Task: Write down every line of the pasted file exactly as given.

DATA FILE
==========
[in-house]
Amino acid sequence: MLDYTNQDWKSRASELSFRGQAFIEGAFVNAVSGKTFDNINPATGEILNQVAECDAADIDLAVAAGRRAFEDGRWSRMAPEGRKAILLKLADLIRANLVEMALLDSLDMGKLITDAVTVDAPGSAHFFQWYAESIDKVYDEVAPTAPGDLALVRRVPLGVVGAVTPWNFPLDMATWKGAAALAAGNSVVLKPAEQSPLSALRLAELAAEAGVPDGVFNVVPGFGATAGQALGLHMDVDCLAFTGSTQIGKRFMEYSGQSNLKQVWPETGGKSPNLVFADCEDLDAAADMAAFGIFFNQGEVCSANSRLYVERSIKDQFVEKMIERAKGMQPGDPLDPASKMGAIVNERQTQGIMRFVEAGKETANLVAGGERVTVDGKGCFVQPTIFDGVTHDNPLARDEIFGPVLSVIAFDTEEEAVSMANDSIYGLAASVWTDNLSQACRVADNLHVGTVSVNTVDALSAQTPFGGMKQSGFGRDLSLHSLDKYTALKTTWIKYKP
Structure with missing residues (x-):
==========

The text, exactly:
[in-house]
Amino acid sequence: MLDYTNQDWKSRASELSFRGQAFIEGAFVNAVSGKTFDNINPATGEILNQVAECDAADIDLAVAAGRRAFEDGRWSRMAPEGRKAILLKLADLIRANLVEMALLDSLDMGKLITDAVTVDAPGSAHFFQWYAESIDKVYDEVAPTAPGDLALVRRVPLGVVGAVTPWNFPLDMATWKGAAALAAGNSVVLKPAEQSPLSALRLAELAAEAGVPDGVFNVVPGFGATAGQALGLHMDVDCLAFTGSTQIGKRFMEYSGQSNLKQVWPETGGKSPNLVFADCEDLDAAADMAAFGIFFNQGEVCSANSRLYVERSIKDQFVEKMIERAKGMQPGDPLDPASKMGAIVNERQTQGIMRFVEAGKETANLVAGGERVTVDGKGCFVQPTIFDGVTHDNPLARDEIFGPVLSVIAFDTEEEAVSMANDSIYGLAASVWTDNLSQACRVADNLHVGTVSVNTVDALSAQTPFGGMKQSGFGRDLSLHSLDKYTALKTTWIKYKP
Structure with missing residues (x-):